Are you ready for life after debt? Or if you are struggling with debt you may be considering a variety of debt relief options. However, have you considered what happens after you pay off your debt?
As important as it is to make a plan to get out of debt, you also should create a plan to stay out of debt in the future.
The day after your debt is paid off, consider applying the following five suggestions to be successful at life after debt:
1. Identify Damaging Habits
Take time to analyze your spending habits and figure out what led to your debt. If it was an unexpected emergency or period of unemployment, take time to build your savings. If it was the result of reckless spending create a strict budget. If it was the need for instant gratification change your expectations.
Be realistic about goals and make a plan. Unless you understand the root cause of your debt you are likely to fall into similar damaging habits. You can benefit from having a net worth tracker such as Empower or Mint to better track where your money is going.
2. Establish Wants vs. Needs
Take time to distinguish between wants and needs. Make a list of things you need, such as groceries, and things you want, such as a new TV. Prioritize your spending according to this list.
Make sure you are taking care of your basic necessities first. As you determine your wants, you can also set goals. You may not be able to purchase everything right now; however, with proper planning, you can acquire both wants and needs.
3. Save Smarter
Start saving with a purpose. Begin with an emergency fund, this can come in handy in moments of a financial crisis when you find you can’t make money like before. Make sure you have enough money to cover your basic necessities for three to six months without additional income.
Once you have reached this goal begin thinking of other savings goals. Do you want to buy a house or a new car? Determine how much you need for each goal and decide how much you can realistically set aside each month. Some banks even let you open up multiple savings accounts; this is a great way to differentiate your savings to help you stay on track.
Saving is most successful when it is automatic. Set up monthly or weekly transfers. You will also benefit from making your savings account less accessible. Consider opening an account at a different financial institution than your checking account. A transfer period is a great buffer to prevent impulsive purchases. Money-saving tools like Acorns or Qapital make it easy to automatically start saving and start investing that money.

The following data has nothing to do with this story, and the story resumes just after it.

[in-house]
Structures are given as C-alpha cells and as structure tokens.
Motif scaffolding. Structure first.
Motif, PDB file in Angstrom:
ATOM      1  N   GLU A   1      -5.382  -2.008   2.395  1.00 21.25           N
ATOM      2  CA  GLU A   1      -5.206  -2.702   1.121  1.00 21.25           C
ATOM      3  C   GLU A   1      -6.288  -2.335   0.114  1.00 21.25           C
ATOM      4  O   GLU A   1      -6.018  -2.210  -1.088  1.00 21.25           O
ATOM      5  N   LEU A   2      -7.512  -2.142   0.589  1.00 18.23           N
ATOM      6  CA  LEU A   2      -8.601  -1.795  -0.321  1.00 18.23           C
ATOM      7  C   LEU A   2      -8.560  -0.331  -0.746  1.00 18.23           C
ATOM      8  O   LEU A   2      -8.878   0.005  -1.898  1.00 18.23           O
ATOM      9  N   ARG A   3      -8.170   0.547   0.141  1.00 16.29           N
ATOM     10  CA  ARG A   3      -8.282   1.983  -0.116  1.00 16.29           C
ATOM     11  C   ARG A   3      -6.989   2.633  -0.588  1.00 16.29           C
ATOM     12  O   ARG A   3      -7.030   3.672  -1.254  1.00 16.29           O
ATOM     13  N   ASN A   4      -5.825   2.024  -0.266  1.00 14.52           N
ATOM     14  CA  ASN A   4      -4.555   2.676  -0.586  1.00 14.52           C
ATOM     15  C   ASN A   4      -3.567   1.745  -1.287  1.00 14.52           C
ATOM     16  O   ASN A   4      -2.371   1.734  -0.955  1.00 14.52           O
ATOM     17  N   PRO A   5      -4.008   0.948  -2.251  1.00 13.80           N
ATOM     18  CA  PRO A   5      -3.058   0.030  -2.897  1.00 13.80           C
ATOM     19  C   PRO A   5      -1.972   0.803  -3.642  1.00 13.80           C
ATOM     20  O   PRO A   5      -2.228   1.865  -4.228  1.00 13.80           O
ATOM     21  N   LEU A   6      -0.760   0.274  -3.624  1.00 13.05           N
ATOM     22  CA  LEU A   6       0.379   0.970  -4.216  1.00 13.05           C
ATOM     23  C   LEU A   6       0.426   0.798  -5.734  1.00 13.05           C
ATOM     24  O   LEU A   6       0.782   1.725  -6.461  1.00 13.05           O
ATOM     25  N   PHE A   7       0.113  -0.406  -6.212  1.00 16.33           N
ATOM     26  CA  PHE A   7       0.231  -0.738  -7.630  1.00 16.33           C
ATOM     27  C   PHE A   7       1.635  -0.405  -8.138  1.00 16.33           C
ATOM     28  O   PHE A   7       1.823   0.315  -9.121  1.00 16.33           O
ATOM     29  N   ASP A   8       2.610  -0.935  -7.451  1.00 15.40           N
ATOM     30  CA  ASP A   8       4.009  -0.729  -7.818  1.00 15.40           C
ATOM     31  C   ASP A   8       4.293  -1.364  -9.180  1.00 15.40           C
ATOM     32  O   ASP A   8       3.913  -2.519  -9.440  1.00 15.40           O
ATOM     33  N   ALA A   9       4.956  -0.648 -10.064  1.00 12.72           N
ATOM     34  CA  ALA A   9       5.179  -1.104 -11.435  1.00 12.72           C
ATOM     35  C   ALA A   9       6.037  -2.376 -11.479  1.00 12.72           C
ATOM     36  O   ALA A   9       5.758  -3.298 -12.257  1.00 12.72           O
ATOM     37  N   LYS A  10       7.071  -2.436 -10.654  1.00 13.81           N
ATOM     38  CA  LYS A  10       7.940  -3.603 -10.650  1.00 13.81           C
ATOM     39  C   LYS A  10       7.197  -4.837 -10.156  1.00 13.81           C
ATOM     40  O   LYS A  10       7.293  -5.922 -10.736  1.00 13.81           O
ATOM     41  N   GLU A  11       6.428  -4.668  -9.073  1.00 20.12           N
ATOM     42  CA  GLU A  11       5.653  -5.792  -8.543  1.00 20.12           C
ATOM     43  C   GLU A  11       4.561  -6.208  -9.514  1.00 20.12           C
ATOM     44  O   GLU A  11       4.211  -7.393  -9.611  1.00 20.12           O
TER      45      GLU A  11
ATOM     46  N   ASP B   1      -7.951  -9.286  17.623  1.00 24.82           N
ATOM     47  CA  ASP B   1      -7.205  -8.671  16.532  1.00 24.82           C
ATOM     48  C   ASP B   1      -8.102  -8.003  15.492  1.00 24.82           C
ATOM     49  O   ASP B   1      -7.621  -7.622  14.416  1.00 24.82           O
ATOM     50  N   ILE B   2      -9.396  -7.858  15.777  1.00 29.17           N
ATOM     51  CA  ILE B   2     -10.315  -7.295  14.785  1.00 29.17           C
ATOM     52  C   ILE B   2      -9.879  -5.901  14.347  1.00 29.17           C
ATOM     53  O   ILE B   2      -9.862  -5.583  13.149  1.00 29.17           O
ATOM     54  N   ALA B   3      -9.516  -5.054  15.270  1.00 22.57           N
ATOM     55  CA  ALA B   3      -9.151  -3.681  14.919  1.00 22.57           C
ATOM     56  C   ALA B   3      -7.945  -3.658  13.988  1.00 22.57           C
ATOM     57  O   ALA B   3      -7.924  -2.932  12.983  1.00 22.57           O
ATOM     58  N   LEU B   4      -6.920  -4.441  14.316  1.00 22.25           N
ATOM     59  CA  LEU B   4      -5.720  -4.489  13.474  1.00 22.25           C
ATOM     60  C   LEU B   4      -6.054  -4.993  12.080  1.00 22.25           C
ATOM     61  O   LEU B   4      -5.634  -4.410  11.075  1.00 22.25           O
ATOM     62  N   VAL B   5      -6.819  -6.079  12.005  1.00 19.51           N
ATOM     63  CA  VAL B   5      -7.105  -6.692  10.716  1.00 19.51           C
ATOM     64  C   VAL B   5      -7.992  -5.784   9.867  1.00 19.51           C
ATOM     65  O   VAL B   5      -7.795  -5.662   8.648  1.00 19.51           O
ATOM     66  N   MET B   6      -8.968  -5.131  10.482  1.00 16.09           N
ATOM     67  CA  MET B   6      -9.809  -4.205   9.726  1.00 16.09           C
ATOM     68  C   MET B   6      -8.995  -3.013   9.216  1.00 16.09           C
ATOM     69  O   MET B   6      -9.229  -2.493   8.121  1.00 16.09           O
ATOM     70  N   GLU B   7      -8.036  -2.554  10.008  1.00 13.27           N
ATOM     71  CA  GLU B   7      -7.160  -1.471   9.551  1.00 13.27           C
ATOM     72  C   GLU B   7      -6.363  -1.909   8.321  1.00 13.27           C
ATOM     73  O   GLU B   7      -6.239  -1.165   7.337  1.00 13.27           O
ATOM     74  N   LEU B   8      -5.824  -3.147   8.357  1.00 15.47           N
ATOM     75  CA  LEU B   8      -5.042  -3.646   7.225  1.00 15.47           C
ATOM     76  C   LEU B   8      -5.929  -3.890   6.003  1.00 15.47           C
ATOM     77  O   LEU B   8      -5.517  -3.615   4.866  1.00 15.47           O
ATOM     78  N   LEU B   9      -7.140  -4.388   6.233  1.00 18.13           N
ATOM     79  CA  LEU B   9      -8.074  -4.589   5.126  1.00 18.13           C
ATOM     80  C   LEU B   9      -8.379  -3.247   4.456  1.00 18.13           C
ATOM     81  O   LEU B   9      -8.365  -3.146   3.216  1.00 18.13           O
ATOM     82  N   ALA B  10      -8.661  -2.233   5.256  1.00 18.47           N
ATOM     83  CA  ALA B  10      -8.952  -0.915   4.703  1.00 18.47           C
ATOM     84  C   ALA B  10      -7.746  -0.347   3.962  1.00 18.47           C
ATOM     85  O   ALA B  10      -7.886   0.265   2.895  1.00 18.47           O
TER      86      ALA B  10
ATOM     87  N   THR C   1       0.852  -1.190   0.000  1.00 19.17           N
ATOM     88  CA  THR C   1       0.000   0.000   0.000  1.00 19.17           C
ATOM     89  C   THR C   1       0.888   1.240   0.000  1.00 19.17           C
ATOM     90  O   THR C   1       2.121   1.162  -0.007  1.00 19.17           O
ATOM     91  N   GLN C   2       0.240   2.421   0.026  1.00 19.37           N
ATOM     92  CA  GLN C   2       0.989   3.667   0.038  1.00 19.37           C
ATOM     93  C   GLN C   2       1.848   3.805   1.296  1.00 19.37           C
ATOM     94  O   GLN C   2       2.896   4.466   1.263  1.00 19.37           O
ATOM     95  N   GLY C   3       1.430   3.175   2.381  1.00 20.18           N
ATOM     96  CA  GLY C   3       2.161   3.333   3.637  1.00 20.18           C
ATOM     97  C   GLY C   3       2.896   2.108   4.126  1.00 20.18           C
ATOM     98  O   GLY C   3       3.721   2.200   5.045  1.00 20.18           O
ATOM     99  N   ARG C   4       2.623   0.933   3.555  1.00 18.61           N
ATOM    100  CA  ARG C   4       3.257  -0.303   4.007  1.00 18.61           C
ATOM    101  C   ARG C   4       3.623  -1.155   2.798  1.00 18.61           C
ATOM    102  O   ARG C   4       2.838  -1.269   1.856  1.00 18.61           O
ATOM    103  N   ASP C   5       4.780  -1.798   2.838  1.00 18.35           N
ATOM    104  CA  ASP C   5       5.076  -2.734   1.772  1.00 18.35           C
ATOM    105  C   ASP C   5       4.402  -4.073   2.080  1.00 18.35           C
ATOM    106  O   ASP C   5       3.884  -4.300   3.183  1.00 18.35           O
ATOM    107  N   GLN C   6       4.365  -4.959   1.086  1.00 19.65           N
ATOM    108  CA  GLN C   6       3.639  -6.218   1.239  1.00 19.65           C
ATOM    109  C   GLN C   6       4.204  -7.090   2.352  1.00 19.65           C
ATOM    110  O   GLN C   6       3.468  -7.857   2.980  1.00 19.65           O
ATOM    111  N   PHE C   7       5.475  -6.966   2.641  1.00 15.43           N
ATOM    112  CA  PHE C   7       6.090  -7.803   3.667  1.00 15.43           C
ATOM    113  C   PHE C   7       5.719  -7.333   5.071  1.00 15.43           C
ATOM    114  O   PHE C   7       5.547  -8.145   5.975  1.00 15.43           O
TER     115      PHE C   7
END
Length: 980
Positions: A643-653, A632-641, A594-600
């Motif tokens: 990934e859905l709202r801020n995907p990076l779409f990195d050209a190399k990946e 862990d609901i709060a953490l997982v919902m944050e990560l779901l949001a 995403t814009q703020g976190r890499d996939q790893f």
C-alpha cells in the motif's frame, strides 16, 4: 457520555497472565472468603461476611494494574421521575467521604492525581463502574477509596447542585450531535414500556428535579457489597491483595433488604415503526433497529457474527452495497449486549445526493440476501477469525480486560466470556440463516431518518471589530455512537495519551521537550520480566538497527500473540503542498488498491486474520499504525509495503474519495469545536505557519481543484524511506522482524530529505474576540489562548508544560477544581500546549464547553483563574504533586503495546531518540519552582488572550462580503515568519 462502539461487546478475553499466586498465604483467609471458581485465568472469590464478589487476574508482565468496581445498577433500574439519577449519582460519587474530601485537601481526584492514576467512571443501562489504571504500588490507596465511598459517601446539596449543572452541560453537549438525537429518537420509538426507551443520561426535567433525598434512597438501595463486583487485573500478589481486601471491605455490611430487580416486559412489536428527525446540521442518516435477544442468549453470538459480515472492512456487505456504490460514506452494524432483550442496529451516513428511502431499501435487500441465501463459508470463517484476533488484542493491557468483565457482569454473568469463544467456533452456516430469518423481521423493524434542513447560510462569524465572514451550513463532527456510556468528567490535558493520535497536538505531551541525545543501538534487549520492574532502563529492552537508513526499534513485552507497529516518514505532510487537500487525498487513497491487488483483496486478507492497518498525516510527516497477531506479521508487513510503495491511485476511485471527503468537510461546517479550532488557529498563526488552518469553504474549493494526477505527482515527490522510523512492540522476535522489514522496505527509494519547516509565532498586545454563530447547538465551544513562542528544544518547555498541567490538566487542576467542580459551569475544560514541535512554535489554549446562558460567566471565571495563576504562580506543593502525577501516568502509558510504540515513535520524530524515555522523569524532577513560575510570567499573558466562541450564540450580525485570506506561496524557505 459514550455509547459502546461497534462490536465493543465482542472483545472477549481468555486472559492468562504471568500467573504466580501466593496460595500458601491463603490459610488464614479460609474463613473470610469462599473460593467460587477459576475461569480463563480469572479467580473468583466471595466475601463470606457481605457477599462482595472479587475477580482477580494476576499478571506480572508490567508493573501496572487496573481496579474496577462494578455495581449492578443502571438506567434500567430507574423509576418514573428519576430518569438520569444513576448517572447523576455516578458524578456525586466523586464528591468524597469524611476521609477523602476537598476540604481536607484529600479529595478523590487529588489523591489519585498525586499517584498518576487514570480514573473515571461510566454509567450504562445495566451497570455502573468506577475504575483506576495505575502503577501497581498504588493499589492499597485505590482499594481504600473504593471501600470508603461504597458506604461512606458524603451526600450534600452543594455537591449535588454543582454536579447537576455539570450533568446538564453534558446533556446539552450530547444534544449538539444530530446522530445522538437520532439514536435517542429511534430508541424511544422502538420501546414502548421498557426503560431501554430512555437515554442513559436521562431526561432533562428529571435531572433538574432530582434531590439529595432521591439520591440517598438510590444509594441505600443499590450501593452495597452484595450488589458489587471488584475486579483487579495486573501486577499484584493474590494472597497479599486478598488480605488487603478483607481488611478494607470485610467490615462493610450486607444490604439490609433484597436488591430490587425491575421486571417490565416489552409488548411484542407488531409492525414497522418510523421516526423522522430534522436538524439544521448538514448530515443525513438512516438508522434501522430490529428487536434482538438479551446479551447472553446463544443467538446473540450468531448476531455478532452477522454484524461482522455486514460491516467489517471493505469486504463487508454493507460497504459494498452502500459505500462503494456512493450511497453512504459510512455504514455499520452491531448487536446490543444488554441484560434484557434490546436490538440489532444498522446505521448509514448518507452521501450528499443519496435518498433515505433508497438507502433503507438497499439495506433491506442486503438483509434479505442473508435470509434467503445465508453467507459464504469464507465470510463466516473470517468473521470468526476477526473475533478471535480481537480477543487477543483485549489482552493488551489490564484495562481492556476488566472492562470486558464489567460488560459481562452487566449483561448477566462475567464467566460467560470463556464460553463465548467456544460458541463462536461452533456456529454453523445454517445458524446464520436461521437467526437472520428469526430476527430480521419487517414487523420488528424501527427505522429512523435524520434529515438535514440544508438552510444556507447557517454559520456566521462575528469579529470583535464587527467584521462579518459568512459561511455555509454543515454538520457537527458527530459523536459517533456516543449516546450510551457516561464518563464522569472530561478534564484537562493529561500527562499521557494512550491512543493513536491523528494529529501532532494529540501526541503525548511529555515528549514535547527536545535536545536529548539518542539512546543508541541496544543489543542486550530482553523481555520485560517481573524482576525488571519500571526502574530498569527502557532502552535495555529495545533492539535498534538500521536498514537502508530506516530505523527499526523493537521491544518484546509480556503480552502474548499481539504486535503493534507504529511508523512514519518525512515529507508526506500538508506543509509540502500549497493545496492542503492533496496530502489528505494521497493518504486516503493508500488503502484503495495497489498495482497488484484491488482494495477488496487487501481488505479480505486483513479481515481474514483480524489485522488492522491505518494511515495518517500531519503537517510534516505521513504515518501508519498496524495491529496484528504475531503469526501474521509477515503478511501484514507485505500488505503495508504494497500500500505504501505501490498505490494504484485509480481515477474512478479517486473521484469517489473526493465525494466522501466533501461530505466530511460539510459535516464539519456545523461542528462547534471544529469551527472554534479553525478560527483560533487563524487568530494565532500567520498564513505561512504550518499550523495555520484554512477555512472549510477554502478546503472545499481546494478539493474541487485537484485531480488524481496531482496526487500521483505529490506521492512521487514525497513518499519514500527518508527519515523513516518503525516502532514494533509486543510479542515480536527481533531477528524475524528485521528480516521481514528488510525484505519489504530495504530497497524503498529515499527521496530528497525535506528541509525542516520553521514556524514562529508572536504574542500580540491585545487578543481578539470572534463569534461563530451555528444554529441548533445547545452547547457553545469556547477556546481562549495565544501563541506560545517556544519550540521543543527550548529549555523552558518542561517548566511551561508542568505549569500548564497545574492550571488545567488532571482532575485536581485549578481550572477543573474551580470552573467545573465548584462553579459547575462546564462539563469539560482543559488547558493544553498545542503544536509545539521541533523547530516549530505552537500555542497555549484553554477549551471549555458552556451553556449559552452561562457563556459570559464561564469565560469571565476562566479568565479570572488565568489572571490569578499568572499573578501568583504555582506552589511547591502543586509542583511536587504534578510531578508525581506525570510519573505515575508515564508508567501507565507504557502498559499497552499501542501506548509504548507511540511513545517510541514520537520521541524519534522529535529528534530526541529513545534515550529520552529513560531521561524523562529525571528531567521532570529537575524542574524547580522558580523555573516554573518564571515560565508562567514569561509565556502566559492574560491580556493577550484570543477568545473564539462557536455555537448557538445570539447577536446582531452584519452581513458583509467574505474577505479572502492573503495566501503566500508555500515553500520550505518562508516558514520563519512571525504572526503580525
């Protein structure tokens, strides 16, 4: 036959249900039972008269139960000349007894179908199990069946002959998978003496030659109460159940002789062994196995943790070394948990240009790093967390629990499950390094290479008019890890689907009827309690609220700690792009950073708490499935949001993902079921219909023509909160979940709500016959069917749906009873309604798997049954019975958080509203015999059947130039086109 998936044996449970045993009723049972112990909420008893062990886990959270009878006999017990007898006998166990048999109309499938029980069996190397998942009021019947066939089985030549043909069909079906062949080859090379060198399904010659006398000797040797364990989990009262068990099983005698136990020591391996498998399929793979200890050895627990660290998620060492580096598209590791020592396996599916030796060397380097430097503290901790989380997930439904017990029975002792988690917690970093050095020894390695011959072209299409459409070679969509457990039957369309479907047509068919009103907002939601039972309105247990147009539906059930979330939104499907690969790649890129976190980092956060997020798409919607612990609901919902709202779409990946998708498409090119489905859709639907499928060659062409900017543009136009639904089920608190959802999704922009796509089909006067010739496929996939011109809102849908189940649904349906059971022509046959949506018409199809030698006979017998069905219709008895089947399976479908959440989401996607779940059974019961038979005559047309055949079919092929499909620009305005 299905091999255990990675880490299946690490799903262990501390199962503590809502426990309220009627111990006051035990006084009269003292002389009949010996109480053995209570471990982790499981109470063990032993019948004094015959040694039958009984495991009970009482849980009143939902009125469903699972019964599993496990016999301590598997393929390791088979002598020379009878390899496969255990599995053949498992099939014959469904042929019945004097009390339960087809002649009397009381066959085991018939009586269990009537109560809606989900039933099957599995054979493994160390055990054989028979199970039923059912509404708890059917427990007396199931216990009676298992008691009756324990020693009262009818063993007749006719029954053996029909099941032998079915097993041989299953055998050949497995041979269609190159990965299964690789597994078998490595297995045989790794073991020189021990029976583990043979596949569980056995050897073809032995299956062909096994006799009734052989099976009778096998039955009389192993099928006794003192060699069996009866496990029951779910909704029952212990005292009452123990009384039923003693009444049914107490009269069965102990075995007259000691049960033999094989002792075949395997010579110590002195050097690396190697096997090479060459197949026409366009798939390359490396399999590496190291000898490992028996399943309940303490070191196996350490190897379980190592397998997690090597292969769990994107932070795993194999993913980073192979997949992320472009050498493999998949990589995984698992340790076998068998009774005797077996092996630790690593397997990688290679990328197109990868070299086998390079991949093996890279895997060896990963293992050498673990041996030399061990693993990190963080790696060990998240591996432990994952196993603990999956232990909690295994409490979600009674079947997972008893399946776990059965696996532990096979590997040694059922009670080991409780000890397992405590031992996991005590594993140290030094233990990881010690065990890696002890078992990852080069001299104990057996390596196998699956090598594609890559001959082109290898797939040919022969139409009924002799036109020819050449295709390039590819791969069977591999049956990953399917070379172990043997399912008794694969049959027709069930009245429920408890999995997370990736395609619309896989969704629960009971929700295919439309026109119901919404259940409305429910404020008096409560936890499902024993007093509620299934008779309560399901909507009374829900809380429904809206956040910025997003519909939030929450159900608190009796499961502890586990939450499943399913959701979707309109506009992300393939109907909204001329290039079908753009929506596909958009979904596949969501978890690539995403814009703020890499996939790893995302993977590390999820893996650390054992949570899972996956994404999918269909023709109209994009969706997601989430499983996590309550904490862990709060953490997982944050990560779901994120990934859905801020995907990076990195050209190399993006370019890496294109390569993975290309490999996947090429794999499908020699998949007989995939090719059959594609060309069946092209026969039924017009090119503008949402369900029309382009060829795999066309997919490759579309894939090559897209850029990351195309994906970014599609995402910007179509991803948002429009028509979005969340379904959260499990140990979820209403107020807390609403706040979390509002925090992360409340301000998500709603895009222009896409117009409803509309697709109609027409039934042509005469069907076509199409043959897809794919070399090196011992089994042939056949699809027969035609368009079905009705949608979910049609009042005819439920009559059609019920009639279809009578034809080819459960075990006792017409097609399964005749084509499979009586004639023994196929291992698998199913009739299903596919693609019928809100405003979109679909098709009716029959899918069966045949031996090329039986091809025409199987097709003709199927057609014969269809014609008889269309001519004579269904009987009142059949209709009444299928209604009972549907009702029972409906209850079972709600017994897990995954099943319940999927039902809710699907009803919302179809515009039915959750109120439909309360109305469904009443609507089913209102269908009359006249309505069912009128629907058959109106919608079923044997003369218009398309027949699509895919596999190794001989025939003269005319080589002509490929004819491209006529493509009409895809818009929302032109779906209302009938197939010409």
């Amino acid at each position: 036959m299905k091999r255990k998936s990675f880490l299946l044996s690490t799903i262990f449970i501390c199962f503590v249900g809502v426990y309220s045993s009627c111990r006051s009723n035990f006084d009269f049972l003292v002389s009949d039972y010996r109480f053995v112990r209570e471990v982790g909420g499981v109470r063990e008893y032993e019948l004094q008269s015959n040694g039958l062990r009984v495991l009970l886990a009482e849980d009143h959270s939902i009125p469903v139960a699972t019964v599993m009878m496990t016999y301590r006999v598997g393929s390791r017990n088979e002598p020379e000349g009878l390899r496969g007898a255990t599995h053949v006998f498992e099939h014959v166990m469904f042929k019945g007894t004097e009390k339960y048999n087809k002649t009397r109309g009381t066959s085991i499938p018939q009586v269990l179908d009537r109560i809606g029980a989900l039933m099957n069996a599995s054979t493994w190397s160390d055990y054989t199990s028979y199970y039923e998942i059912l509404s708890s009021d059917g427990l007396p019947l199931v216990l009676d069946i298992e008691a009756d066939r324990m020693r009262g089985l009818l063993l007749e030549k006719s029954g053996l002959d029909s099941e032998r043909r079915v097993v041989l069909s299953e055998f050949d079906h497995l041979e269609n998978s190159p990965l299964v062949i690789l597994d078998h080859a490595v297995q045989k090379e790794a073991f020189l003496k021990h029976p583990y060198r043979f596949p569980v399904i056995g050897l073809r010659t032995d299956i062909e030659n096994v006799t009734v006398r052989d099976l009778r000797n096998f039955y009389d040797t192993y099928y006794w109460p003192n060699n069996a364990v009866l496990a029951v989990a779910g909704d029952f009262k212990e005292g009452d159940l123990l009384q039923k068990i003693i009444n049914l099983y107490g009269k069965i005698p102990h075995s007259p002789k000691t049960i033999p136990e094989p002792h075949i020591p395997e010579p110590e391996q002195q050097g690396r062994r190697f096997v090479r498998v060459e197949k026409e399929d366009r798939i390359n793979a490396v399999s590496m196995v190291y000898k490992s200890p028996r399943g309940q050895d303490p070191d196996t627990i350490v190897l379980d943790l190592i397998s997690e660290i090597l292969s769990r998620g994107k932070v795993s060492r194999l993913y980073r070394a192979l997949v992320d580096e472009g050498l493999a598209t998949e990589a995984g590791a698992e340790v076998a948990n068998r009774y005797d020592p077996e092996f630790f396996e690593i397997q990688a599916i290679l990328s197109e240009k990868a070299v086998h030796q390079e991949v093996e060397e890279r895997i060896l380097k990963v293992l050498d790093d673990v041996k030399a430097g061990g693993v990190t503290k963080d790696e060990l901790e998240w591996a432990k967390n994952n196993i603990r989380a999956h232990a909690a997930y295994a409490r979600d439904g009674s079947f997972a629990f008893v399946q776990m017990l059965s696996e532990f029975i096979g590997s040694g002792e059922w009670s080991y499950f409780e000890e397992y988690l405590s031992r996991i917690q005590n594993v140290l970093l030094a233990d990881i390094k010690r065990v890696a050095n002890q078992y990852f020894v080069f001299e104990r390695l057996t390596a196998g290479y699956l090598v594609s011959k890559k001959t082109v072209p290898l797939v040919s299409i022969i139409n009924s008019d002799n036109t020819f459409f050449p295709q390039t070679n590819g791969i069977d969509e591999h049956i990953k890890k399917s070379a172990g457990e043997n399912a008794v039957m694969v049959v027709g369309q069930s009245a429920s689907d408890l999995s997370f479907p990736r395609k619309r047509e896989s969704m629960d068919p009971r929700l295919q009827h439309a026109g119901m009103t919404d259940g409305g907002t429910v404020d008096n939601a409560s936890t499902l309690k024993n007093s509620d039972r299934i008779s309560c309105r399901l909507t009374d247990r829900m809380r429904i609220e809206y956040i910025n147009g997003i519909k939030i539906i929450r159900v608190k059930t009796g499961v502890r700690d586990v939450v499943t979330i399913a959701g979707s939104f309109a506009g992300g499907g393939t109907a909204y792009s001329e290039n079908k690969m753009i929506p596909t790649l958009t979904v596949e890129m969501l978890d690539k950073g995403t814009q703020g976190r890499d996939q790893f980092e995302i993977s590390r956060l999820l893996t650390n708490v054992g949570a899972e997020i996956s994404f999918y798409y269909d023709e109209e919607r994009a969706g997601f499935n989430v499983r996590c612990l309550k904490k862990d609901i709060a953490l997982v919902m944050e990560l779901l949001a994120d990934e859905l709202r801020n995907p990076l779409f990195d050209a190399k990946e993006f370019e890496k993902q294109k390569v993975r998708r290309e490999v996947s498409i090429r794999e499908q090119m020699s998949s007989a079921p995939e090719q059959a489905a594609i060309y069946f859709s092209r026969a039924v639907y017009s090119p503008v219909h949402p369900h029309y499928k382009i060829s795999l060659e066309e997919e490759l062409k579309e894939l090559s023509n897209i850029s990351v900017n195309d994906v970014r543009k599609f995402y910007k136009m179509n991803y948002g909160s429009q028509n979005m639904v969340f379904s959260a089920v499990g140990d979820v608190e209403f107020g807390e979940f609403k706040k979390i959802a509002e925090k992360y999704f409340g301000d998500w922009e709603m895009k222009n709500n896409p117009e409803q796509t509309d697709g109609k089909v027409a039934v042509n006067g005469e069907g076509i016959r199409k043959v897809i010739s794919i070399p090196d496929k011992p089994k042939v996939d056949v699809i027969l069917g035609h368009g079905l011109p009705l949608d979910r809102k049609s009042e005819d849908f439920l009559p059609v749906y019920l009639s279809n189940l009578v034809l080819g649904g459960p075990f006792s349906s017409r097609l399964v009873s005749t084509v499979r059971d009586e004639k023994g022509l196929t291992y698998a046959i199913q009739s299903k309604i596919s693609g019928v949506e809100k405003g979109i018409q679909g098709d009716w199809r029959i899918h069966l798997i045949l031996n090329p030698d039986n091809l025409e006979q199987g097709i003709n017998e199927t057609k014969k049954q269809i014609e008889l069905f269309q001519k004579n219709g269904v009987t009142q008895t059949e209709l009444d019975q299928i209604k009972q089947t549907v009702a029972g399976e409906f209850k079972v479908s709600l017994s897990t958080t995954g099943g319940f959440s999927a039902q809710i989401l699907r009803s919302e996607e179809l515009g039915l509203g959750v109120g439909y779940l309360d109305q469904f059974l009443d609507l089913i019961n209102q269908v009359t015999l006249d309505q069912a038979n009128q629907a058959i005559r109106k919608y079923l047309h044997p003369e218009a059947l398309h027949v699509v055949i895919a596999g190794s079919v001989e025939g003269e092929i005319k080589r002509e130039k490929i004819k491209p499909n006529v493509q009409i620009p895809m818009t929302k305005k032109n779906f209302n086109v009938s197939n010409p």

4. Credit Repair
If you used debt settlement your credit may be severely damaged. Take time to find out your current score and determine which factors you can improve. There are a variety of websites that offer free credit scores. Credit Sesame is one that I use to get my free credit score monthly.
Now that you are debt-free make it a priority to pay your bills on time every month. Be conscious of the percentage of your available credit you use every month, as this can impact your score. Think carefully before opening and closing credit card accounts. Finally, make sure all debts are accurately reported on your credit report. If you are still looking to repair your credit, learn how to you can improve your credit score.
5. Track Everything
The best way to stay out of debt is to know where your money is going. You need to find a system that works for you. I would recommend tracking all your spending and saving automatically by using Empower. This financial tool is 100% free and tracks your spending, saving, net worth and helps set up an easy budget to follow.
Another option is to do it all yourself. You can purchase a notebook and keep a physical record of your expenditures. You can also create a simple spreadsheet and utilize checkmarks to monitor your expenses. There are also a variety of free and inexpensive programs and apps that can keep track of your spending.
Not Debt-Free Yet? Find Ways to Pay Off Debt
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For you: Enjoyed these life after debt tips? Are you now debt free? What financial tools do you use to help you remain debt free?
Author: Chad Zollinger
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